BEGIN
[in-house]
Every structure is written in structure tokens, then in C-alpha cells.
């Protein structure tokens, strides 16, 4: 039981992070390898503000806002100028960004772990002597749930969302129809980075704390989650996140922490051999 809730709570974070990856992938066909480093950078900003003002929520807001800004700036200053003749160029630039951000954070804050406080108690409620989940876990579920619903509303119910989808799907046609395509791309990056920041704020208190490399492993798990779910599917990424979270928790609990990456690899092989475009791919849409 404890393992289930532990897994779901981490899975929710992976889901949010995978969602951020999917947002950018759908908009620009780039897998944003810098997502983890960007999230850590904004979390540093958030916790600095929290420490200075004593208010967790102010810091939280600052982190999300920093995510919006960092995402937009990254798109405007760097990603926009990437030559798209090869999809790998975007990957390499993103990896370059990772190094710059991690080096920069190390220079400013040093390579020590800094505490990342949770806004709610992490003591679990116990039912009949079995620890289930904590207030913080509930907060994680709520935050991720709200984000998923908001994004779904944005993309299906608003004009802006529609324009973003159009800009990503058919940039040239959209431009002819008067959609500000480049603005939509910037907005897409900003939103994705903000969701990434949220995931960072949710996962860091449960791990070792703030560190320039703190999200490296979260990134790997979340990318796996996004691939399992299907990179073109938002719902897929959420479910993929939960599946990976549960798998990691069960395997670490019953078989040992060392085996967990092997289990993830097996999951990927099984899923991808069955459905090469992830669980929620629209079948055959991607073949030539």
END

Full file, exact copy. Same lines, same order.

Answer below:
[in-house]
Every structure is written in structure tokens, then in C-alpha cells.
């Protein structure tokens, strides 16, 4: 039981992070390898503000806002100028960004772990002597749930969302129809980075704390989650996140922490051999 809730709570974070990856992938066909480093950078900003003002929520807001800004700036200053003749160029630039951000954070804050406080108690409620989940876990579920619903509303119910989808799907046609395509791309990056920041704020208190490399492993798990779910599917990424979270928790609990990456690899092989475009791919849409 404890393992289930532990897994779901981490899975929710992976889901949010995978969602951020999917947002950018759908908009620009780039897998944003810098997502983890960007999230850590904004979390540093958030916790600095929290420490200075004593208010967790102010810091939280600052982190999300920093995510919006960092995402937009990254798109405007760097990603926009990437030559798209090869999809790998975007990957390499993103990896370059990772190094710059991690080096920069190390220079400013040093390579020590800094505490990342949770806004709610992490003591679990116990039912009949079995620890289930904590207030913080509930907060994680709520935050991720709200984000998923908001994004779904944005993309299906608003004009802006529609324009973003159009800009990503058919940039040239959209431009002819008067959609500000480049603005939509910037907005897409900003939103994705903000969701990434949220995931960072949710996962860091449960791990070792703030560190320039703190999200490296979260990134790997979340990318796996996004691939399992299907990179073109938002719902897929959420479910993929939960599946990976549960798998990691069960395997670490019953078989040992060392085996967990092997289990993830097996999951990927099984899923991808069955459905090469992830669980929620629209079948055959991607073949030539």